Cutting back a rampant blackberry

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Martin Ellis

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Cutting back a rampant blackberry
« on: September 15, 2020, 22:16 »
Hi There, Im a newbie at the allotment game. have just taken over a double plot that is / was massively overgrown. It already had some established fruit bushes such as blackcurrants and gooseberries but also a huge bank of balckberries streching across the whole width of one plot, its getting on for seven feet high and around 20 yards across! It has huge, tall nettles growing through it as well. However, it has fruited massivly and we have a good supply of fruit in the freezer ready for pies, crumbles and jams. My question is how far should i cut this thing back to get it under control again, without damaging the plant and ruining the fruiting for next year, I also need to remove those huge nettles and dig them out. Any advice or guidance would be fabulous.

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Russell Atterbury

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Re: Cutting back a rampant blackberry
« Reply #1 on: September 16, 2020, 05:29 »
I'm new to vegetable growing myself, but getting blackberry down and in control i have been doing since childhood with my father (to earn a few bob as pocket money from anyone who needed it done) We started by  attacking with a spade from anywhere you could get at, and it does come down quite well. Once it's down quite low, you then have to dig root out any way you can. And it might be a case of banging lengths of angle iron in the ground and levering them up, often with a brick behind the lever to stop it pushing into the soil so much. When you get going, it comes good reasonably fast, until it,s the size and shape required. You will not do the berry that's left any harm at all, in fact, it will year on year keep trying to invade the patch you are cultivating......better to get shot of the lot maybe?

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Hungry Caterpillar

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Re: Cutting back a rampant blackberry
« Reply #2 on: September 16, 2020, 07:29 »
What I would do is this:

The most important thing is a good pair of gloves! I use the red leather gauntlets intended for welding...

First work out where you want the blackberries to be growing and cut down any that are rooted outside that area, and also the nettles.

 Then there are two options for the ones that are left, either to put up posts and wires and train them (as the books say you should) or let them grow wild and cut them back to their space every so often.

To train them is more work to start with, but makes life easier when picking them. It's not something I've done but I'm sure plenty of people on here have and can advise you better on the technicalities of doing so. It also means you can weed between them! Basically you'd cut down all the old stems which have fruited and tie in the young new ones to fruit next year.

To grow a wild blackberry patch of limited size, cut back old canes which escape from their space and weave new ones back in as they try to spread.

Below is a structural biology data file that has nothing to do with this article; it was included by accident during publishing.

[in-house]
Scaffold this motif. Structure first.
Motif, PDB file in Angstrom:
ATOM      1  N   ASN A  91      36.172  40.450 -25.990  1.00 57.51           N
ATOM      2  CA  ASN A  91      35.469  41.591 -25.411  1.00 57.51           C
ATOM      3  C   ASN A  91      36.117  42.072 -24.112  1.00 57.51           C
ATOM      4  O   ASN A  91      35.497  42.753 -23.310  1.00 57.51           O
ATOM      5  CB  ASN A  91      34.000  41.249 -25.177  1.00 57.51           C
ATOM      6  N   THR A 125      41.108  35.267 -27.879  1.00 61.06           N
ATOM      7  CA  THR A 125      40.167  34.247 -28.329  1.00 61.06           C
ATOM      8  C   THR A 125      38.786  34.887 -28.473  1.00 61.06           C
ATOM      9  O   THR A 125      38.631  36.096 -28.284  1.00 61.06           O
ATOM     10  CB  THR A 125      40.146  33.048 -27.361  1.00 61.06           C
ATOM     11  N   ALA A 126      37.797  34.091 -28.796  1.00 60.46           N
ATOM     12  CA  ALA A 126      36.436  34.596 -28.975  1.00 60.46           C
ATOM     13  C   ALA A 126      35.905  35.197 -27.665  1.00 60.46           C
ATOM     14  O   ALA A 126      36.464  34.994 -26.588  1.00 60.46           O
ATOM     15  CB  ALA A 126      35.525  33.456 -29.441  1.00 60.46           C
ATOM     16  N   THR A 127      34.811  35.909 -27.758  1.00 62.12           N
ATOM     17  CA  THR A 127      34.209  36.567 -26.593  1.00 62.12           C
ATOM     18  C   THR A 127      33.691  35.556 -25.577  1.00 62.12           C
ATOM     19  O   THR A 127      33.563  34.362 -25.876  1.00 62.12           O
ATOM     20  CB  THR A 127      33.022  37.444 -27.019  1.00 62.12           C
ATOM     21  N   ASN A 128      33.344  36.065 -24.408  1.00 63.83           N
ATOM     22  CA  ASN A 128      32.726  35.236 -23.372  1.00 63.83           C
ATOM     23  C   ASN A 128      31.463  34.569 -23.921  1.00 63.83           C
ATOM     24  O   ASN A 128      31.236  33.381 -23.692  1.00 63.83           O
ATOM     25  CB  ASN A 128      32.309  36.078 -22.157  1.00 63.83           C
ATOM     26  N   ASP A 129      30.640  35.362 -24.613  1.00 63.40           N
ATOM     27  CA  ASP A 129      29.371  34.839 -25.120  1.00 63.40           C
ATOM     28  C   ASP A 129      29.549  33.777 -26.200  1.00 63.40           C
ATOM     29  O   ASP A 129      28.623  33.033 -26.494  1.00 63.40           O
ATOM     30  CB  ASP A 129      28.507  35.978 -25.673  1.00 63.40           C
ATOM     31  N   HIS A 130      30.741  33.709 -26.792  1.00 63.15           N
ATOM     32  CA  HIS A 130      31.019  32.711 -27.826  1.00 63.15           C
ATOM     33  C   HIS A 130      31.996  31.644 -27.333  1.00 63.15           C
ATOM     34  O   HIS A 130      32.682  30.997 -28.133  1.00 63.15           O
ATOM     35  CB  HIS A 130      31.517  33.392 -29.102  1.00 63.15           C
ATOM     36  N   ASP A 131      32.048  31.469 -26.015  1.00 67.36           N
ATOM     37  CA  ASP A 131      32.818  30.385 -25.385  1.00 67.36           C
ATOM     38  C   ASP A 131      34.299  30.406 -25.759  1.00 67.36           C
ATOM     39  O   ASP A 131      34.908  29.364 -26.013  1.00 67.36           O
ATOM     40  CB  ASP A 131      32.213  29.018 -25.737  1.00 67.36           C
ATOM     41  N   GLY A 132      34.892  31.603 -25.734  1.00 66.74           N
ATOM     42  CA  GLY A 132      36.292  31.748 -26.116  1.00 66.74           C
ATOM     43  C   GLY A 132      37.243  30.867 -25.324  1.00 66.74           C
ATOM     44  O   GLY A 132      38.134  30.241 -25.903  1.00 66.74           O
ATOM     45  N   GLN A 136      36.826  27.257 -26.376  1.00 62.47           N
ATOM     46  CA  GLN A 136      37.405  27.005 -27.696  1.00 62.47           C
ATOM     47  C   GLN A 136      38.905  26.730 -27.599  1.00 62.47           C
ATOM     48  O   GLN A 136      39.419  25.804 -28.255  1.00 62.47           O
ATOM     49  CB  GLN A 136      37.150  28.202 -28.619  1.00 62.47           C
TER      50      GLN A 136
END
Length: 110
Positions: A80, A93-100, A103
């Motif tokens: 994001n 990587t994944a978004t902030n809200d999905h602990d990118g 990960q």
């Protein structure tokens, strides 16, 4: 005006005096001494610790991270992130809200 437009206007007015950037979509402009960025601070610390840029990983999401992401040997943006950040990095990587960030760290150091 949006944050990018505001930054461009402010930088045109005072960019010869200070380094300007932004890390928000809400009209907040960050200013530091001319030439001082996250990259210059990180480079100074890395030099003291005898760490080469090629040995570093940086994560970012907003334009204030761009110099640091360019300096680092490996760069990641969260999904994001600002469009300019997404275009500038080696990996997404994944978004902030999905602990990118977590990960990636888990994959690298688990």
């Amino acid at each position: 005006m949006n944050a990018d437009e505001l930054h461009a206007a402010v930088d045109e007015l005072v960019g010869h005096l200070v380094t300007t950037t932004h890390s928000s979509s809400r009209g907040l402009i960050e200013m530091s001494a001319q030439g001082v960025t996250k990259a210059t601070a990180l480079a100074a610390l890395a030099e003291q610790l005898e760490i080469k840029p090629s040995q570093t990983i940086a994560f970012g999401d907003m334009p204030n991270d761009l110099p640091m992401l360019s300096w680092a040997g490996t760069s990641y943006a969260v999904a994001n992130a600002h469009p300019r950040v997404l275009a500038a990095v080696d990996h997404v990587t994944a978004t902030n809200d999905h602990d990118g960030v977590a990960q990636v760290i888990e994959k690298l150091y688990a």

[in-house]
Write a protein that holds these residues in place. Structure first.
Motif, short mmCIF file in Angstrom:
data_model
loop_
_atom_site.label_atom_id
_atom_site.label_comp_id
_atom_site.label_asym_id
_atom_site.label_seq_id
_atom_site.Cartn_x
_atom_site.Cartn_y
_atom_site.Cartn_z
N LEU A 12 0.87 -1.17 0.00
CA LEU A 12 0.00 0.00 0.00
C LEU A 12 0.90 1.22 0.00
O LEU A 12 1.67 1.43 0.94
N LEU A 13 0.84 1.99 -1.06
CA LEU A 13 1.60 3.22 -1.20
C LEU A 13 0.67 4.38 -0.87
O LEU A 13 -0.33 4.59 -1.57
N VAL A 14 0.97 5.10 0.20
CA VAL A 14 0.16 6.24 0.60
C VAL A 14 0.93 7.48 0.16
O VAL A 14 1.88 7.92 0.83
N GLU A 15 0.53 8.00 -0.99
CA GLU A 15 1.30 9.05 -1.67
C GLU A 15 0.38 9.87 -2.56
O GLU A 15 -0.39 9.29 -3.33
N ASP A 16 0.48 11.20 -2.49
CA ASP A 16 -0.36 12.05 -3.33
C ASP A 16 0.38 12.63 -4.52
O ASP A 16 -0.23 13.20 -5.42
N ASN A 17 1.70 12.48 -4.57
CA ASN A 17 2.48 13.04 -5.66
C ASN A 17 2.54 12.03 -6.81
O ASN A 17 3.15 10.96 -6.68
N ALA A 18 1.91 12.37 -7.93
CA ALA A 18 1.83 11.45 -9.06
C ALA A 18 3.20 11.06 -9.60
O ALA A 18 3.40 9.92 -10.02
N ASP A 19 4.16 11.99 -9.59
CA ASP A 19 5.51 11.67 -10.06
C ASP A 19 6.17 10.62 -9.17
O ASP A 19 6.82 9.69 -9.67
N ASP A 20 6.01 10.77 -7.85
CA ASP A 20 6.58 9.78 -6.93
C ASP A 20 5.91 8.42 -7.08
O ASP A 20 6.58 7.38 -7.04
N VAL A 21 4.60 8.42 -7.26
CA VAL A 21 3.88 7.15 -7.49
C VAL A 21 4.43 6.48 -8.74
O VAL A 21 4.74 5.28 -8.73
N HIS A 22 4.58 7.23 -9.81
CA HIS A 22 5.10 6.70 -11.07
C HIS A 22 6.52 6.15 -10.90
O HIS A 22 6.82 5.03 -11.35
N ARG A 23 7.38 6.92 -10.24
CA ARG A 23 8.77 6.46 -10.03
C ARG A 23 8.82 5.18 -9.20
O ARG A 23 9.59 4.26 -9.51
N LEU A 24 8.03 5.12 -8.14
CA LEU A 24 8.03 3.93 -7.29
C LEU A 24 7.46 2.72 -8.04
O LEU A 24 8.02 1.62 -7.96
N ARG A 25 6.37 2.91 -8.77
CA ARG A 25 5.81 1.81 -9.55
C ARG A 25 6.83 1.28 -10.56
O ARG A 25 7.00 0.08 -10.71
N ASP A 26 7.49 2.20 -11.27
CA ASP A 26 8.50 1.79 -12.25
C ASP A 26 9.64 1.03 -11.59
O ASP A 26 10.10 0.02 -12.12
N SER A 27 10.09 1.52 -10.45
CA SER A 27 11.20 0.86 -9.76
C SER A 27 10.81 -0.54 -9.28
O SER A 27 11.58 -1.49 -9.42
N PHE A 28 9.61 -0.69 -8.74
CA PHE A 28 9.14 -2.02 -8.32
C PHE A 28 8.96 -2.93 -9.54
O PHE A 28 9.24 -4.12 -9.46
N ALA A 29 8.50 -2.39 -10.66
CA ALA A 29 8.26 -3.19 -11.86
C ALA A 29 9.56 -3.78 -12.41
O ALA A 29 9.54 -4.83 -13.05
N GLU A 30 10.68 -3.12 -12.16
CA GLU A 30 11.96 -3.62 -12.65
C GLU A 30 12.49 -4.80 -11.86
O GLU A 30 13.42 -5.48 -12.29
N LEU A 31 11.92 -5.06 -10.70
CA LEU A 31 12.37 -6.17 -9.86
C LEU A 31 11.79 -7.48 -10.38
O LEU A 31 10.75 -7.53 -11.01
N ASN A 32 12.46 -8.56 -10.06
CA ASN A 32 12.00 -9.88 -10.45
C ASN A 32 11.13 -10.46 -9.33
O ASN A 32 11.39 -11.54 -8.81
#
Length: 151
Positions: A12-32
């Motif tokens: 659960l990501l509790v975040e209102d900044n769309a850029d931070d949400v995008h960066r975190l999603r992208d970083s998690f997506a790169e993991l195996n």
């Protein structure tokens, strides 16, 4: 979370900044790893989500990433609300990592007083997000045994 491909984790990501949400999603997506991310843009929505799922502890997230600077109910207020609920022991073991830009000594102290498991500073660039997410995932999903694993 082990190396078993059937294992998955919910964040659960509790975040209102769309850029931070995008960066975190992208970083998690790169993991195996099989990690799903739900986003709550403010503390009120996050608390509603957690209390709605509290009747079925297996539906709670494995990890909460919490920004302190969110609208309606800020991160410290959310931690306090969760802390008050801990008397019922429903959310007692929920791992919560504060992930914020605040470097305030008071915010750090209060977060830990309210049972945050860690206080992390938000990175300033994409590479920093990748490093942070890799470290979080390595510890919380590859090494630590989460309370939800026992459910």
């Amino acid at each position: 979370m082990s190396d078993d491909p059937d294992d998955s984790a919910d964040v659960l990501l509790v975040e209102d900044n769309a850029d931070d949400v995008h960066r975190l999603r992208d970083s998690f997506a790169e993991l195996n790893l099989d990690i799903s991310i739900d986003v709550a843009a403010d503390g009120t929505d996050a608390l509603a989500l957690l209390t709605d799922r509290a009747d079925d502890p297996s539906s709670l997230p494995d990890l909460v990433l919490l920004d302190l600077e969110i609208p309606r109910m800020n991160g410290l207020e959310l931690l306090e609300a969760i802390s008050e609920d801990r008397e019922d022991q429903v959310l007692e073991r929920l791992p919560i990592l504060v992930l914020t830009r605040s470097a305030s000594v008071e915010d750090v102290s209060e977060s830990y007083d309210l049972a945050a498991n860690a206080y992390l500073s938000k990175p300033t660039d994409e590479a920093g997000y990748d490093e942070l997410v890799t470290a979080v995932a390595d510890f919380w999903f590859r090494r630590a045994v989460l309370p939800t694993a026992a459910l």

Either way you will then have to grub out the unwanted stumps and dig out the nettle roots. When bits of blackberry and nettle you missed grow back (there are always some!) either dig them out our spray them. If you have gaps in your blackberry patch you can transplant some of the spare ones. Spraying regrowth from unwanted stumps is safe, they spread above ground by the stems putting out roots where they touch the ground so the unwanted growth is not connected to the roots of the ones you want to keep.

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Yorkie

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Re: Cutting back a rampant blackberry
« Reply #3 on: September 16, 2020, 13:26 »
You've got loads of advice there - just wanted to say welcome to the site and congrats on your new lotty!  :D
I try to take one day at a time, but sometimes several days all attack me at once...

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Martin Ellis

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Re: Cutting back a rampant blackberry
« Reply #4 on: September 21, 2020, 15:37 »
Thanks to you all for your suggestions, I will definately get some thick welding gloves, thats s great idea!
I think I will take it back and try to train it along the original wires that are under there somewhere (i did catch a glimpse of them the other day while i was picking the last of the good berries off).

Thanks again :-)

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CHRISDONOHUE

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Re: Cutting back a rampant blackberry
« Reply #5 on: October 03, 2020, 01:53 »
A naturally gown blackberry patch usually has dead plants at its centre and only the plants on the outside actually crop well.   You probably only need one or two plants to give you sufficient blackberries for your needs.   These are best sited at the edge of your plot but can be 6m apart taking up very little room.  The main cane can easily reach 8m in a season and should be trained in a straight line so that the crop on the sideshoots can come from up to 14m of length.   There is a technique for removing the main roots:  put a fork in at the side at about 45 degrees and lever upwards so that either most of the root is clear of the soil or the main bulbous part is exposed.  Then either remove the whole root or cut below the bulbous part with loppers.   When cut below, the plant dies.  Larger roots are often easier to remove than smaller ones.



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